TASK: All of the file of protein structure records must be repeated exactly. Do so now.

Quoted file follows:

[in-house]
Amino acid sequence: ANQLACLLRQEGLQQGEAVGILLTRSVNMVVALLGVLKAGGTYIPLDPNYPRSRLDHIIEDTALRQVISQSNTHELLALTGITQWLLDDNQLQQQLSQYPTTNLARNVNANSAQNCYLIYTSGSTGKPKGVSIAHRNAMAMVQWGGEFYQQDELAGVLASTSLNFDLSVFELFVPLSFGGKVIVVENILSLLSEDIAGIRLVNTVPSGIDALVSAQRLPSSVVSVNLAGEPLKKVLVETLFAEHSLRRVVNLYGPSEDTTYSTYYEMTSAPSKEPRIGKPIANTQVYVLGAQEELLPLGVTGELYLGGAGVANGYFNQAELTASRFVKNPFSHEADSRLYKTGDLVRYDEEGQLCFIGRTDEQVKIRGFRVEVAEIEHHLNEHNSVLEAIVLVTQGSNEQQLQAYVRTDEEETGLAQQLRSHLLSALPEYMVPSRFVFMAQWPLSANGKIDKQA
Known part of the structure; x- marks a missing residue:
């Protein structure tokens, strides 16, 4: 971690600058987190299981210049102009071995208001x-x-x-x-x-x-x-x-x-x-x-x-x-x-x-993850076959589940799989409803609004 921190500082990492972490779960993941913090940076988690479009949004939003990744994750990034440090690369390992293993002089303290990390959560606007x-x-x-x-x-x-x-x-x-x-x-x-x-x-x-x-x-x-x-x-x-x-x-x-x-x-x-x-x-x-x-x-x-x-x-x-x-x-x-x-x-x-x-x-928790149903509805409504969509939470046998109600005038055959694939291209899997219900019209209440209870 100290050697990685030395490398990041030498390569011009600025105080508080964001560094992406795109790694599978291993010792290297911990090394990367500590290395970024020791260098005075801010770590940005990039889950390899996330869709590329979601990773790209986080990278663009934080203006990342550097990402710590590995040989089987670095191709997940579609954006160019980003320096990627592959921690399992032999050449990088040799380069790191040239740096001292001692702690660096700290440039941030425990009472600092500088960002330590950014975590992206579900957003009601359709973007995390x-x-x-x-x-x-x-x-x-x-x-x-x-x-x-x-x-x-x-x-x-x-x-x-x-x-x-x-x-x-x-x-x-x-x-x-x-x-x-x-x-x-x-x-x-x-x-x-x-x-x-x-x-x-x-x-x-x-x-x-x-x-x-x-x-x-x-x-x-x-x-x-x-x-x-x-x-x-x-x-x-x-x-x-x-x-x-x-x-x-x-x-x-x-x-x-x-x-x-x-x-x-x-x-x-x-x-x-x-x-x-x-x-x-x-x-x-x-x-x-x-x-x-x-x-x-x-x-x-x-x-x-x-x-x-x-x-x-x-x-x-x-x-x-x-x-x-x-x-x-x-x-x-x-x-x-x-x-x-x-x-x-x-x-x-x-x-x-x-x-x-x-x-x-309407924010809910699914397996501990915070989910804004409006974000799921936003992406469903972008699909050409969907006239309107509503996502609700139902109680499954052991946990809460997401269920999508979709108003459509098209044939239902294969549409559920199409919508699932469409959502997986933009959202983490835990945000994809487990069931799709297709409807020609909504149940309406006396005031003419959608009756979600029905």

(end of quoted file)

[in-house]
Amino acid sequence: ANQLACLLRQEGLQQGEAVGILLTRSVNMVVALLGVLKAGGTYIPLDPNYPRSRLDHIIEDTALRQVISQSNTHELLALTGITQWLLDDNQLQQQLSQYPTTNLARNVNANSAQNCYLIYTSGSTGKPKGVSIAHRNAMAMVQWGGEFYQQDELAGVLASTSLNFDLSVFELFVPLSFGGKVIVVENILSLLSEDIAGIRLVNTVPSGIDALVSAQRLPSSVVSVNLAGEPLKKVLVETLFAEHSLRRVVNLYGPSEDTTYSTYYEMTSAPSKEPRIGKPIANTQVYVLGAQEELLPLGVTGELYLGGAGVANGYFNQAELTASRFVKNPFSHEADSRLYKTGDLVRYDEEGQLCFIGRTDEQVKIRGFRVEVAEIEHHLNEHNSVLEAIVLVTQGSNEQQLQAYVRTDEEETGLAQQLRSHLLSALPEYMVPSRFVFMAQWPLSANGKIDKQA
Known part of the structure; x- marks a missing residue:
């Protein structure tokens, strides 16, 4: 971690600058987190299981210049102009071995208001x-x-x-x-x-x-x-x-x-x-x-x-x-x-x-993850076959589940799989409803609004 921190500082990492972490779960993941913090940076988690479009949004939003990744994750990034440090690369390992293993002089303290990390959560606007x-x-x-x-x-x-x-x-x-x-x-x-x-x-x-x-x-x-x-x-x-x-x-x-x-x-x-x-x-x-x-x-x-x-x-x-x-x-x-x-x-x-x-x-928790149903509805409504969509939470046998109600005038055959694939291209899997219900019209209440209870 100290050697990685030395490398990041030498390569011009600025105080508080964001560094992406795109790694599978291993010792290297911990090394990367500590290395970024020791260098005075801010770590940005990039889950390899996330869709590329979601990773790209986080990278663009934080203006990342550097990402710590590995040989089987670095191709997940579609954006160019980003320096990627592959921690399992032999050449990088040799380069790191040239740096001292001692702690660096700290440039941030425990009472600092500088960002330590950014975590992206579900957003009601359709973007995390x-x-x-x-x-x-x-x-x-x-x-x-x-x-x-x-x-x-x-x-x-x-x-x-x-x-x-x-x-x-x-x-x-x-x-x-x-x-x-x-x-x-x-x-x-x-x-x-x-x-x-x-x-x-x-x-x-x-x-x-x-x-x-x-x-x-x-x-x-x-x-x-x-x-x-x-x-x-x-x-x-x-x-x-x-x-x-x-x-x-x-x-x-x-x-x-x-x-x-x-x-x-x-x-x-x-x-x-x-x-x-x-x-x-x-x-x-x-x-x-x-x-x-x-x-x-x-x-x-x-x-x-x-x-x-x-x-x-x-x-x-x-x-x-x-x-x-x-x-x-x-x-x-x-x-x-x-x-x-x-x-x-x-x-x-x-x-x-x-x-x-x-x-x-309407924010809910699914397996501990915070989910804004409006974000799921936003992406469903972008699909050409969907006239309107509503996502609700139902109680499954052991946990809460997401269920999508979709108003459509098209044939239902294969549409559920199409919508699932469409959502997986933009959202983490835990945000994809487990069931799709297709409807020609909504149940309406006396005031003419959608009756979600029905």